• Elena Fioravanzo

A Review of In Silico Tools as Alternatives to Animal Testing: Principles, Resources and Application


If you are just starting with computational toxicology, or if you wish an update the available tools, I suggest you to read this paper, a review of in silico tools as alternative to animal testing: (Q)SAR, rea-across, PBK and others. It was published just few weeks ago and the authors are well known experts: Judith C. Madden, Steven J. Enoch, Alicia Paini, Mark T.D. Cronin.


Free to download: https://journals.sagepub.com/doi/full/10.1177/0261192920965977


Abstract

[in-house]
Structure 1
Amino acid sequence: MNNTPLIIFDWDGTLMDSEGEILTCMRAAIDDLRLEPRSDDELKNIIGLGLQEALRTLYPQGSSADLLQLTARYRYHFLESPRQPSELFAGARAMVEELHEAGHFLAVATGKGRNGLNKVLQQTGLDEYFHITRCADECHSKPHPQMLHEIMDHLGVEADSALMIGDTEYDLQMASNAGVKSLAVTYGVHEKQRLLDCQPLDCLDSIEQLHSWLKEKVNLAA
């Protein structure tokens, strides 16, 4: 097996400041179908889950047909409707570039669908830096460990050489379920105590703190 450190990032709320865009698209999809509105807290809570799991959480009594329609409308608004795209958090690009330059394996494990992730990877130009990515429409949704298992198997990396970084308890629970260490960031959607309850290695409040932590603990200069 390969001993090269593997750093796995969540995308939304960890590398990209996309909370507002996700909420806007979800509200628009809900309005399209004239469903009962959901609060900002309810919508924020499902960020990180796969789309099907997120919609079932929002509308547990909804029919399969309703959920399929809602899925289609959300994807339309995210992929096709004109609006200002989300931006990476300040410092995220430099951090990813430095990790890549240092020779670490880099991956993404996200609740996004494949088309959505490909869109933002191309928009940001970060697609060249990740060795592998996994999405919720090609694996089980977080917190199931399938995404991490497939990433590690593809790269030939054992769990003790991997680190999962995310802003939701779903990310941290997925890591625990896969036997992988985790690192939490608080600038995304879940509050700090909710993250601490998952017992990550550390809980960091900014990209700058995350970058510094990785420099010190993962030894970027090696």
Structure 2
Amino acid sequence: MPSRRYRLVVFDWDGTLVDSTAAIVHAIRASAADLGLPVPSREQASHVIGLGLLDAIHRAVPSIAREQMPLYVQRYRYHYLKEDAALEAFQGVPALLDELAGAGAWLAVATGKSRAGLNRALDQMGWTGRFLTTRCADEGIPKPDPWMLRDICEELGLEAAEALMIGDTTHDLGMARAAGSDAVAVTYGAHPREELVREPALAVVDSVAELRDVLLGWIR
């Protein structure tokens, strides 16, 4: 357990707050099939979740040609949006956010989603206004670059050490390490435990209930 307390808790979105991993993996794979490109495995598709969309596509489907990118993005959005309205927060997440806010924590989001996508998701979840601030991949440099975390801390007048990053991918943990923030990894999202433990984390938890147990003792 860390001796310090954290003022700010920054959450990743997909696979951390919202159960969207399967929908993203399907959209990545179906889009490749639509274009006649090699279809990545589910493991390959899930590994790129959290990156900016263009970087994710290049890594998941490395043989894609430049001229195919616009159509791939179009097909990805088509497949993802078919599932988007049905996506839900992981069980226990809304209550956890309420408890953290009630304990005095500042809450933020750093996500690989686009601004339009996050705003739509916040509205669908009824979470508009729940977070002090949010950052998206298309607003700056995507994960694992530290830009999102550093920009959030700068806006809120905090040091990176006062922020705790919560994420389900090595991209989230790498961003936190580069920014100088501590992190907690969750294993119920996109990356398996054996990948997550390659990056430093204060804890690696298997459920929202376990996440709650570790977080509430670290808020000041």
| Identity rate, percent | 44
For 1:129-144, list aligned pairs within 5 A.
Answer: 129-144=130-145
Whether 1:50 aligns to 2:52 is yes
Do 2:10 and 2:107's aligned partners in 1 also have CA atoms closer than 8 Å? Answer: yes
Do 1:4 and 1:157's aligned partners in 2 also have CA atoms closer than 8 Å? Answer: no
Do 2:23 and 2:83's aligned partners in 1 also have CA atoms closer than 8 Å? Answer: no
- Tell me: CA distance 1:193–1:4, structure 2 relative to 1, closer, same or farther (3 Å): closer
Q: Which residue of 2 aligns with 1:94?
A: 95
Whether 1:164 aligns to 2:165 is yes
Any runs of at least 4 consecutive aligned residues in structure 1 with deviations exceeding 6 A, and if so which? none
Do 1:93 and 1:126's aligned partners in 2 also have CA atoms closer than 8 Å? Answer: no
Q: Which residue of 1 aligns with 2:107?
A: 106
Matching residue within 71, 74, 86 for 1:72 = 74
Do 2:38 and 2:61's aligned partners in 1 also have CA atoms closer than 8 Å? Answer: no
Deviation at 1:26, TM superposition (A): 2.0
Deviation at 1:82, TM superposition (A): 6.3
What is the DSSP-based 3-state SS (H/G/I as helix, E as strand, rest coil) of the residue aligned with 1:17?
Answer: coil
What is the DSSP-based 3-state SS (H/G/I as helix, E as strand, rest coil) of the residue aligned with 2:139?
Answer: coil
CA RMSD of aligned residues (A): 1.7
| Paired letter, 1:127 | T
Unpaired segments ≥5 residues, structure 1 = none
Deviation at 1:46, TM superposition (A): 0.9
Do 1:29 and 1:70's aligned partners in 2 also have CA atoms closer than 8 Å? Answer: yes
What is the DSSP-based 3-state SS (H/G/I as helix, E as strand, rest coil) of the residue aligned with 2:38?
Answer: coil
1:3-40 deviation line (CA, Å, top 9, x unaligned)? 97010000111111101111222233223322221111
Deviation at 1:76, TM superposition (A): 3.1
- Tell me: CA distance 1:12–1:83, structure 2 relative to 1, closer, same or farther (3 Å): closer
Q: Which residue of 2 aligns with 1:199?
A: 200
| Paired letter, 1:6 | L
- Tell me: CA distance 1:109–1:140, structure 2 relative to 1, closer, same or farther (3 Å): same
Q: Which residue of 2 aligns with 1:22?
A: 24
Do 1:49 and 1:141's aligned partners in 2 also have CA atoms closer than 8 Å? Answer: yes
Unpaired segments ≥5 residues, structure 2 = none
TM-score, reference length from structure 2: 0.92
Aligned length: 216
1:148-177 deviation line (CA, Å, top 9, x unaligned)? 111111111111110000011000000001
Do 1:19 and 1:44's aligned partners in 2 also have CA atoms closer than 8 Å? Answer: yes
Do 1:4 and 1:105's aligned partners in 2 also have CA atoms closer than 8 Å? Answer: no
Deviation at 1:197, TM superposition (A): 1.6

Across the spectrum of industrial sectors, including pharmaceuticals, chemicals, personal care products, food additives and their associated regulatory agencies, there is a need to develop robust and reliable methods to reduce or replace animal testing. It is generally recognised that no single alternative method will be able to provide a one-to-one replacement for assays based on more complex toxicological endpoints. Hence, information from a combination of techniques is required. A greater understanding of the time and concentration-dependent mechanisms, underlying the interactions between chemicals and biological systems, and the sequence of events that can lead to apical effects, will help to move forward the science of reducing and replacing animal experiments. In silico modelling, in vitro assays, high-throughput screening, organ-on-a-chip technology, omics and mathematical biology, can provide complementary information to develop a complete picture of the potential response of an organism to a chemical stressor. Adverse outcome pathways (AOPs) and systems biology frameworks enable relevant information from diverse sources to be logically integrated. While individual researchers do not need to be experts across all disciplines, it is useful to have a fundamental understanding of what other areas of science have to offer, and how knowledge can be integrated with other disciplines. The purpose of this review is to provide those who are unfamiliar with predictive in silico tools, with a fundamental understanding of the underlying theory. Current applications, software, barriers to acceptance, new developments and the use of integrated approaches are all discussed, with additional resources being signposted for each of the topics.


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